Introduction: Posttransplantation lymphoproliferative disorder (PTLD) remains an uncommon complication of solid organ transplantation, with a high mortality rate reported after conventional therapies. Epstein-Barr virus (EBV) may cause PTLD, but most EBV infections after transplantation are clinically silent reactivations, so the detection of PTLD is often delayed. Recently we experienced the rare case of intrarenal graft PTLD found by macrohematuria in a simultaneous pancreas and kidney transplant recipient. The grafts were saved by treatments with rituximab, cyclophosphamide, hydroxydaunorubicin, and prednisonebased chemotherapy (R-CHOP) after reduction of immunosuppression (IR). Methods: This 37-year-old man with insulin-dependent diabetes underwent simultaneous pancreas and kidney transplantation (SPK) with enteric drainage. Six months after transplantation, he displayed macrohematuria, which we investigated by blood tests, computer tomography (CT) scan, positron emission tomography (PET)CT, and magnetic resonance imaging, recognizing a tumor in the transplanted renal graft. An open biopsy showed a CD20-positive PTLD. We started treatments with IR, rituximab (375 mg/m2, weekly for 2 cycles) and R-CHOP therapy: rituximab (375 mg/m2) plus CHOP every 3 weeks for 6 cycles. Results: IR and R-CHOP therapy achieved a complete remission (CR). CR has continued for 14 months at the time of writing. The maximum level of EBV DNA was 259 copies/μg DNA, but 2 months after these therapies, the level had decreased to normal. The patient had no impairment of pancreas and kidney graft functions. Conclusions: The outcome of intragraft PTLD in the kidney of an SPK recipient suggested that the negative impact of IR on graft function may be compensated by the immunosuppressive effects of rituximab, allowing reduced immunosuppression during chemotherapy.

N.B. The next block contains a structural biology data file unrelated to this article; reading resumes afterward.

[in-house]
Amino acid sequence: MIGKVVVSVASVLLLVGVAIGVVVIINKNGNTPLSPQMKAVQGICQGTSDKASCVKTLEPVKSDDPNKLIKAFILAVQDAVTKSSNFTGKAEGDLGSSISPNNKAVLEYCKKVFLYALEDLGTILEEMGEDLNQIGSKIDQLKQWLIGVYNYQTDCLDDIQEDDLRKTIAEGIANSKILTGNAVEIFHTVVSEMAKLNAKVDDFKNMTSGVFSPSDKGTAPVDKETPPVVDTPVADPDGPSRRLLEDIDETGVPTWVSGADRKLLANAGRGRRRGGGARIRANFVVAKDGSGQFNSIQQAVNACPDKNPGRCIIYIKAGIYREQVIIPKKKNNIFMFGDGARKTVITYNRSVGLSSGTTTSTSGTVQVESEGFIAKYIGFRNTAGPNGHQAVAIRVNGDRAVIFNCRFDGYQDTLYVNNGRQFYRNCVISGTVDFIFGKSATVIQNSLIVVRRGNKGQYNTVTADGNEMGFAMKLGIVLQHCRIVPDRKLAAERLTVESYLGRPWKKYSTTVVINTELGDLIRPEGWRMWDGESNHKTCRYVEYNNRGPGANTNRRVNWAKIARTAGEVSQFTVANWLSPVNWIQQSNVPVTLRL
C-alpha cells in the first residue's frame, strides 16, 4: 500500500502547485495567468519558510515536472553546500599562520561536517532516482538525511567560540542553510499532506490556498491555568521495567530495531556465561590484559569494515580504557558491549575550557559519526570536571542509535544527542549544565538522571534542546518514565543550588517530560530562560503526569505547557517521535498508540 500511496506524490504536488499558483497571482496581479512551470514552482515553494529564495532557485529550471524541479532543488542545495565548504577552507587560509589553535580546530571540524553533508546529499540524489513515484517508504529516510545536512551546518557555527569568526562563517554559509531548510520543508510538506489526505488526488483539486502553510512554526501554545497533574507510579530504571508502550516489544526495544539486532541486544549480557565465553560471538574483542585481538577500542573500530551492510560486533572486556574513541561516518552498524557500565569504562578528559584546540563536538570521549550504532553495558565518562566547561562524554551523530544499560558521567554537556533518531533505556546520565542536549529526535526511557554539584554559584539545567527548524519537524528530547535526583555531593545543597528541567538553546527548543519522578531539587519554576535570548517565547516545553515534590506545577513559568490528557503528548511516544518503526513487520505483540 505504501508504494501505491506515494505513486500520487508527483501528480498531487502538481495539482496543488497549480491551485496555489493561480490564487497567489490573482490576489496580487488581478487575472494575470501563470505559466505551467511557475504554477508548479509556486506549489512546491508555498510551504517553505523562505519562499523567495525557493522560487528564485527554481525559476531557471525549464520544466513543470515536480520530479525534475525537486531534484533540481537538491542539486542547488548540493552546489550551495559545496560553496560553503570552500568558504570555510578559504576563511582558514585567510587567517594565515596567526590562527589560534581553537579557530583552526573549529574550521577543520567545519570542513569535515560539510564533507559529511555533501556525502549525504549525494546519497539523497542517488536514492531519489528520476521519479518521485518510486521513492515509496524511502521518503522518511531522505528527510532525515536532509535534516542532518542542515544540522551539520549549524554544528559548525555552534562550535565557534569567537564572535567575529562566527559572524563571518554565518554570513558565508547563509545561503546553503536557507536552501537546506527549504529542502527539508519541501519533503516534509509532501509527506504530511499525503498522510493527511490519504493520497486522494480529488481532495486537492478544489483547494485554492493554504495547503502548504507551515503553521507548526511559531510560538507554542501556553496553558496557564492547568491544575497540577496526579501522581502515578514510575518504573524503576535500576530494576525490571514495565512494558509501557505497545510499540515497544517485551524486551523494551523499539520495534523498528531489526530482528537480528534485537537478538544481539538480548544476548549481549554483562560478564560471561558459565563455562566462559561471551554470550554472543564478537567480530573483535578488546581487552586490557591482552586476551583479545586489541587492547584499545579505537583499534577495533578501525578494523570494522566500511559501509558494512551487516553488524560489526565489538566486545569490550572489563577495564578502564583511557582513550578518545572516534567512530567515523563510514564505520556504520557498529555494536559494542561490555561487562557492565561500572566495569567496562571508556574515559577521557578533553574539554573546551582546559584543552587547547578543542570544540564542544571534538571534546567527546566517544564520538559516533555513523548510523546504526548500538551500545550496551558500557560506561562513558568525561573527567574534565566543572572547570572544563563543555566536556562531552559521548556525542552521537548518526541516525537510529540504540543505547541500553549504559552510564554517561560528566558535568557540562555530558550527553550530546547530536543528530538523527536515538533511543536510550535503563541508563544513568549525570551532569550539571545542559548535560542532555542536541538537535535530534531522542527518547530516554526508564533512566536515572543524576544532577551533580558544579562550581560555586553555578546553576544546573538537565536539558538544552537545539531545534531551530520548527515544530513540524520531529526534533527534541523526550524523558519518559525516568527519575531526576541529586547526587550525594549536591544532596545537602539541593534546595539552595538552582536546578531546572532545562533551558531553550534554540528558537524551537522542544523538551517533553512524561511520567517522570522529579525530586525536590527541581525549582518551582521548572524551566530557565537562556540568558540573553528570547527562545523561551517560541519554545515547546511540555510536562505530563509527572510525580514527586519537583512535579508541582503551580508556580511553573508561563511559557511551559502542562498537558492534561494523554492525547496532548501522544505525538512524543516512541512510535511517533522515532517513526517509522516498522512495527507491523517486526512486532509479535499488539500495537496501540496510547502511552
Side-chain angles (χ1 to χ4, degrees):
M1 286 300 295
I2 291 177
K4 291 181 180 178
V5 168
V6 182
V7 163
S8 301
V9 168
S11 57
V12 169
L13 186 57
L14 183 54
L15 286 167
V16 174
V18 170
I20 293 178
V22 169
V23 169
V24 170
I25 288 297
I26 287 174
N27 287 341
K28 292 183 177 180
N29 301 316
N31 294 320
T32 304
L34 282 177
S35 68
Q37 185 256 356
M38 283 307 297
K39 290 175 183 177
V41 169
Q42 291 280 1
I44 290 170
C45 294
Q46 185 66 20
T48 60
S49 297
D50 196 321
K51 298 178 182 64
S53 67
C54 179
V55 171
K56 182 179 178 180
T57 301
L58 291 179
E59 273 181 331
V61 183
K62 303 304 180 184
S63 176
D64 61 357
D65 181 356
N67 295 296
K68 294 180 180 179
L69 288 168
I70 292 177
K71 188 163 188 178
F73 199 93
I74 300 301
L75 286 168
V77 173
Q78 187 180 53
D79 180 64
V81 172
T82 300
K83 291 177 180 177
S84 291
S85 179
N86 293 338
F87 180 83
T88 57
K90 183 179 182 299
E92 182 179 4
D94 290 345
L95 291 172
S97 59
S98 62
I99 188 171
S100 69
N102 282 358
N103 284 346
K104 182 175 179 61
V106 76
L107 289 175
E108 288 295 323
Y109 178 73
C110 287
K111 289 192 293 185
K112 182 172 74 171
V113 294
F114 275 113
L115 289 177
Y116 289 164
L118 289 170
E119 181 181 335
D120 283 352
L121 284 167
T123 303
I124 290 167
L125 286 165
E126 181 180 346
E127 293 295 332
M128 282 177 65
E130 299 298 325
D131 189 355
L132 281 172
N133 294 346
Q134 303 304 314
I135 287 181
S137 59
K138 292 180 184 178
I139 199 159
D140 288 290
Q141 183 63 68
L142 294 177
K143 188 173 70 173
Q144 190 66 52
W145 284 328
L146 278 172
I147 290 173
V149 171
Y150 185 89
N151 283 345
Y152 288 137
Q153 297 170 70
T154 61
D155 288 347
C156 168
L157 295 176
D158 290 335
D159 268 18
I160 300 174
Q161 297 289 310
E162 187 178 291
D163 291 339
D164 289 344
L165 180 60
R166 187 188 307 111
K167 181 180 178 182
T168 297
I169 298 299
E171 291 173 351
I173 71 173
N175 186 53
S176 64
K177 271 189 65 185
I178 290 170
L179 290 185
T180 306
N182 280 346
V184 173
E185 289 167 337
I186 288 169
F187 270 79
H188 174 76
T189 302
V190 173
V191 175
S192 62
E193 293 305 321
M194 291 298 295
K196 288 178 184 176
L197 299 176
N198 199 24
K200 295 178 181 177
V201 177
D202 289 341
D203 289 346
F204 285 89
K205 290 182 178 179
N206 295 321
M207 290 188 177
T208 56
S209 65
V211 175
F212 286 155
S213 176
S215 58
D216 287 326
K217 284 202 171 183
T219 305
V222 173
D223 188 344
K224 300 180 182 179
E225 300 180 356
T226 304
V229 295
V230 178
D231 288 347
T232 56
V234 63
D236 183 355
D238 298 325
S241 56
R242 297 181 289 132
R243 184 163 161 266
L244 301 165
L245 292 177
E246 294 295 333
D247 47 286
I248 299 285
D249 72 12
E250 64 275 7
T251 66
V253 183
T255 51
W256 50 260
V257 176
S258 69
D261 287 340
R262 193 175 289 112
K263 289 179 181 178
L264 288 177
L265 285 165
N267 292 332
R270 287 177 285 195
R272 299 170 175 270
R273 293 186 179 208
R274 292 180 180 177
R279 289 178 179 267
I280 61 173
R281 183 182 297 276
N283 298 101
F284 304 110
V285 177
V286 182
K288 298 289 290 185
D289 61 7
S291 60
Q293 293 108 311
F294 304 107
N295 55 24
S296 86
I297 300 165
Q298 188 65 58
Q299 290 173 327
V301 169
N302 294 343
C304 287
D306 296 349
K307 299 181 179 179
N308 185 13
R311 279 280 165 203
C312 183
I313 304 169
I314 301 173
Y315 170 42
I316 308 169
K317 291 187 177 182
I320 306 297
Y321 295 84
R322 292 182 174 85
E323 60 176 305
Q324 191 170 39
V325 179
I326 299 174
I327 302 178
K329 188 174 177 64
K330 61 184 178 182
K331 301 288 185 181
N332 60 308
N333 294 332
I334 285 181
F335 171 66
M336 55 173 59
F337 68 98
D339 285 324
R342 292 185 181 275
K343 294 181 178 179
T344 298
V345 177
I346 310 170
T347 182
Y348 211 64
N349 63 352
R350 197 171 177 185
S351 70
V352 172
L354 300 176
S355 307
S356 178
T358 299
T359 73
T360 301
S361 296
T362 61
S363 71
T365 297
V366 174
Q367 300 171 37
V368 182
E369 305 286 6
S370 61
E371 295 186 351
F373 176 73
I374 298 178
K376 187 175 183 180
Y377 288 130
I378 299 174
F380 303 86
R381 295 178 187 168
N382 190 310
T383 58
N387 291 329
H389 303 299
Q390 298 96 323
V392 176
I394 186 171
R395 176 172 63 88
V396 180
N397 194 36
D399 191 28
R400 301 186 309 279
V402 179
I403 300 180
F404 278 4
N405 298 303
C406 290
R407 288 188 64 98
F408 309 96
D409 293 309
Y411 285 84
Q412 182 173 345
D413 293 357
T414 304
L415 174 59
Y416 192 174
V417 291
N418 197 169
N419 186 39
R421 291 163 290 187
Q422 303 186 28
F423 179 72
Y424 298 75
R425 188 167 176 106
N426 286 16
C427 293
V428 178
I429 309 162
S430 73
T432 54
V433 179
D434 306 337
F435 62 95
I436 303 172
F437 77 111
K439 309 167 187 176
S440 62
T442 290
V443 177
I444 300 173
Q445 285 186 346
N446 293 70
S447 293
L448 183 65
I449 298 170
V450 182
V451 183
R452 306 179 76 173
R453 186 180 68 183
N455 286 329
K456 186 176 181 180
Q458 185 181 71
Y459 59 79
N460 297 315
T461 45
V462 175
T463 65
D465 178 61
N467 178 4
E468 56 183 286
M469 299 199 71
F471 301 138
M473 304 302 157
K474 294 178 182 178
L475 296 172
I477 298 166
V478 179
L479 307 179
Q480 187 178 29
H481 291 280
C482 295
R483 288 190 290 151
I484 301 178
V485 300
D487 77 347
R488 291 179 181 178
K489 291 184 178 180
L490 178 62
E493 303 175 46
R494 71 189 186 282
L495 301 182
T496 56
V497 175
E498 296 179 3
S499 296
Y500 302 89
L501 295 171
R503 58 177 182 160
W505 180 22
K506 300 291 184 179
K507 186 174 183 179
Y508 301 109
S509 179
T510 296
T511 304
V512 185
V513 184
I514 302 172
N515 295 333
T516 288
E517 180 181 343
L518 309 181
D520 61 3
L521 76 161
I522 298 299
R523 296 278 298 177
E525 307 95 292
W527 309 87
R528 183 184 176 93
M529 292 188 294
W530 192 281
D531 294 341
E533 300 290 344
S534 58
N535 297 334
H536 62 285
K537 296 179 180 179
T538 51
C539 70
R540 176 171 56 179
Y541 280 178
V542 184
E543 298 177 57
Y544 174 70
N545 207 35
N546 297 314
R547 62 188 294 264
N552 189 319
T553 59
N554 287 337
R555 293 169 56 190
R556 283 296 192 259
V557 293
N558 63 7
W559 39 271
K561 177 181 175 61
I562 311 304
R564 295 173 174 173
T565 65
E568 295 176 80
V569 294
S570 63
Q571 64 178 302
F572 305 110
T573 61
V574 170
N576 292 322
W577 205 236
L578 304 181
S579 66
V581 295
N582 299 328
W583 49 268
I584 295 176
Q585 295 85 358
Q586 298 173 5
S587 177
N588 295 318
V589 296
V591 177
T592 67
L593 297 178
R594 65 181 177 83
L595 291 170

|Number of pages||3|
|Publication status||Published - 2011 Nov|
ASJC Scopus subject areas